Policy Leadership: Republicans

Sen. Michelle Ugenti-Rita, Sen. Tyler Pace, and Sen.-Elect Nancy Barto talked about some of their most important goals for the upcoming session.

Their priorities include:

Addressing COVID-19’s economic consequences

“The effects of the economic distress continue to affect many, especially those at the ends of the spectrum and the ones that are dependent on the government,” Barto said.

Ugenti-Rita believes the worst economic impacts are yet to come. According to her, the federal CARES Act funds distributed by Gov. Doug Ducey are too high for the state to keep up with in the future.

“We have high unemployment numbers, many people are out of work, businesses are closing, and this is going to have an impact on the revenue that the state receives,” she said. “So there is, what I think, a looming budget crisis because we are not going to be able to sustain the sort of spending levels that we had over the summer and fall because we have had the benefit of, frankly, borrowed money from the federal government.”

She believes the legislature needs to be more involved in the decision-making process concerning the budget rather than Gov. Ducey.

“The legislature is going to have to get very, very tough about making sure that we are involved in the decision-making process, whether it’s through policies or budget, because even if we do have a vaccine, we are still going to be dealing with the effects of COVID-19 — financially, economically — for a very long time,” she said. “So these aren’t decisions that can be made in a vacuum and cannot be made in the governor’s office without input from the legislative branch.”

Mental health

Rep. Barto believes there is a significant need for mental health reform in Arizona. She says employers need to be given incentive to hire people with serious mental illness. They also need to be given appropriate care, she said.

“It’s been a huge issue for many years, and it’s coming to such a head that states across the nation are focused on making sure that we address this inhumane situation,” she said. “We are wasting so many of our scarce resources in our mental health system by ignoring those with the highest need.”

Sen. Pace also believes the legislature needs to focus on giving better health care to Arizonans struggling with mental health.

“There is a stigma around mental health and the treatment of mental health,” he said. “Depression, while commonly referred to as temporary, is a lifelong ailment for many, many Arizonans, and suicide, harm to themselves, or harm to others is a serious issue that we need to address.”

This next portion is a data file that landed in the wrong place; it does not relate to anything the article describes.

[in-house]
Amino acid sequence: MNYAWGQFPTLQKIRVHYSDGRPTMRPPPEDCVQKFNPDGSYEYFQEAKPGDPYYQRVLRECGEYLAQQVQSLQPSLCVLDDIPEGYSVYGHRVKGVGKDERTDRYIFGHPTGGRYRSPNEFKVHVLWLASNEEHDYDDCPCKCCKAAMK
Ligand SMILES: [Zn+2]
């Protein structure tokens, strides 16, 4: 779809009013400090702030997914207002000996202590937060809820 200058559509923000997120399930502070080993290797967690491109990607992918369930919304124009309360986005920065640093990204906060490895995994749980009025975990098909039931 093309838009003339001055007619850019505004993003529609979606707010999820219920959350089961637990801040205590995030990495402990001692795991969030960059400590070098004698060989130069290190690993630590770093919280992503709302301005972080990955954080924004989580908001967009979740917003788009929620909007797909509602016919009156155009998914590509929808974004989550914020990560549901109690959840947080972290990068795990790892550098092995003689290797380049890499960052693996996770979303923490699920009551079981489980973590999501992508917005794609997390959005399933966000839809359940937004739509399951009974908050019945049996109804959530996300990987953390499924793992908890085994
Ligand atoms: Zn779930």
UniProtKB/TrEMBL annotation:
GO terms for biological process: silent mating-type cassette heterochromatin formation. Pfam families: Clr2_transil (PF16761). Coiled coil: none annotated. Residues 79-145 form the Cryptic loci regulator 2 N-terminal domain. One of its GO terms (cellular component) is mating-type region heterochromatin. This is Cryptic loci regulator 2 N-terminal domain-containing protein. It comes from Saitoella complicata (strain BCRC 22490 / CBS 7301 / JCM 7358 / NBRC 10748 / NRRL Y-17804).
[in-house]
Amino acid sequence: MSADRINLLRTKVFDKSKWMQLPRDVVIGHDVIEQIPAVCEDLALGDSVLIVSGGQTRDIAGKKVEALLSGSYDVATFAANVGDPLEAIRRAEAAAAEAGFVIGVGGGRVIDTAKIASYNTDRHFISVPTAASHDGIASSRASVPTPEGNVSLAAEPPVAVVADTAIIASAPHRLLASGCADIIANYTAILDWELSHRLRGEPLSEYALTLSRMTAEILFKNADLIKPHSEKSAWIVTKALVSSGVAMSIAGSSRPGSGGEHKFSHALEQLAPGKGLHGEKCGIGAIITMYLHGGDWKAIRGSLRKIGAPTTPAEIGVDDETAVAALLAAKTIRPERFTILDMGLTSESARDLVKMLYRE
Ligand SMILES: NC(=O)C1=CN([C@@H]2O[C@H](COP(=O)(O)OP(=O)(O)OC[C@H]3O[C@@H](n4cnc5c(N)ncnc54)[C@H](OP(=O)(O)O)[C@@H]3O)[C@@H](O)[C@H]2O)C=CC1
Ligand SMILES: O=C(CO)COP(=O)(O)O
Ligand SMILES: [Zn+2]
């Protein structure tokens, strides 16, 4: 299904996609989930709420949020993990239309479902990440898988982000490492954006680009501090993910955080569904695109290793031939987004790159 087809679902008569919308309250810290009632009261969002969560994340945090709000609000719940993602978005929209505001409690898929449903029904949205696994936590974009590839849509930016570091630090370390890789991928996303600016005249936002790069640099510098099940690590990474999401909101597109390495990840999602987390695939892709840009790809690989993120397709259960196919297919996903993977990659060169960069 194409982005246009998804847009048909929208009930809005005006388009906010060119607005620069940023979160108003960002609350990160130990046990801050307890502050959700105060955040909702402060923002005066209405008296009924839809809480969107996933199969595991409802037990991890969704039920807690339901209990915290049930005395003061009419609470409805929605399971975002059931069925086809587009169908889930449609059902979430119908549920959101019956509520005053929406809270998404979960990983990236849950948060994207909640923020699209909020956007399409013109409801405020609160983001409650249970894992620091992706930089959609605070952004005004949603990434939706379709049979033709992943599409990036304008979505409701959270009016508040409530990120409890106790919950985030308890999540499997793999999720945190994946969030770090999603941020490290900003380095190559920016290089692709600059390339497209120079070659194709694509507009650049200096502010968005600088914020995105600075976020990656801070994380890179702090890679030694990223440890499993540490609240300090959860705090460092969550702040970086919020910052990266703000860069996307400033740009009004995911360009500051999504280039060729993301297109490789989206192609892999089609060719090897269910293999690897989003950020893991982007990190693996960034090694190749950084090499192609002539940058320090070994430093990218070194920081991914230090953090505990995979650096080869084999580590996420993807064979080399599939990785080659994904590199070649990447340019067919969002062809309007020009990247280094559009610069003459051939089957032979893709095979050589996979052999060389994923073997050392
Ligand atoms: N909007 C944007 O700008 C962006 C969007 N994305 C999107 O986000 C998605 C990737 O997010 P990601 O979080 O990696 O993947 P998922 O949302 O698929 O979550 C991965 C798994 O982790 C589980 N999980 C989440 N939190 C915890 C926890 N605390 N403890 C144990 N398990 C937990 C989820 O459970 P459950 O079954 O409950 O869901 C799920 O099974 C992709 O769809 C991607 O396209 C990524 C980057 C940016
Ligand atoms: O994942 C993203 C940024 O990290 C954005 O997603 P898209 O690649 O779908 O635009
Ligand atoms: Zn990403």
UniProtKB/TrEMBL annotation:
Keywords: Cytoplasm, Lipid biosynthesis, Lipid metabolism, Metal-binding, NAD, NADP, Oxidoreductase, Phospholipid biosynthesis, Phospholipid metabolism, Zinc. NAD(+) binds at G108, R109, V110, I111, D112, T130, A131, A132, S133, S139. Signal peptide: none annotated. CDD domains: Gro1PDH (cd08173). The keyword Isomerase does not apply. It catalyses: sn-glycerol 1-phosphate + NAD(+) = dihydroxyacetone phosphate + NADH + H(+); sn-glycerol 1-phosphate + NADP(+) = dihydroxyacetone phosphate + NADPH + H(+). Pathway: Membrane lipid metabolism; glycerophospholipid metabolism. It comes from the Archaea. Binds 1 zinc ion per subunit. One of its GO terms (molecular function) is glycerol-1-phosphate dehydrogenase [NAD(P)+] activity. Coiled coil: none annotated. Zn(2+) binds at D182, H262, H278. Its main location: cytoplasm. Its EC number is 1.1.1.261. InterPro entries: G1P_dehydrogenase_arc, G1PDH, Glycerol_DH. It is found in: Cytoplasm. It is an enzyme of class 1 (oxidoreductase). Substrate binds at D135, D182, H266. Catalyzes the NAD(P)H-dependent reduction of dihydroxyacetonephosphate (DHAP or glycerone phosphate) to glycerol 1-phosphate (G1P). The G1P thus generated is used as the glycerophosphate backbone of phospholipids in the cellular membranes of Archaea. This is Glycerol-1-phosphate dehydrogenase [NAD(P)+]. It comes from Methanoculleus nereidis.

Funding, resources, and staffing need to be increased to fix this problem, he said.

“We have a severe shortage of health care providers in our psychiatric departments, we have a severe shortage of beds to properly treat them, and our funding for them is abysmal,” he said.

Removing government barriers in health care

According to Sen. Pace, the patient-provider relationship is being harmed by regulations. He used the example of providers not being able to recommend useful treatments to their patients due to barriers from insurance or regulation.

“We heard this all the time with COVID,” he said. “Providers wanted to treat patients in certain ways and in certain time frames but were prevented by federal blockades or certain recommendations that have since changed. Recommendations change as you go and best practices change as you go. Letting our professionals be able to do what they need to do when they need to and as quickly as they need to do has always been a fundamental belief of mine.” 

The Center for Disease Control, CMS, and the Arizona Department of Health Services do not agree on health policy, he said. There are mixed messages about guidelines among departments and this creates confusion for recipients of funds, according to Pace.

“What happens is that you take a long-term care facility who is receiving Medicaid dollars, is registered by the Arizona Department of Health, and is also part of a skilled nursing facility receiving CMS dollars — who do they follow?” he said. “I would love for us going forward to look at these complex situations and say ‘who should a physician or a provider listen to?’”

He believes providers should be able to make their own independent decisions about what steps to take in their health care provision.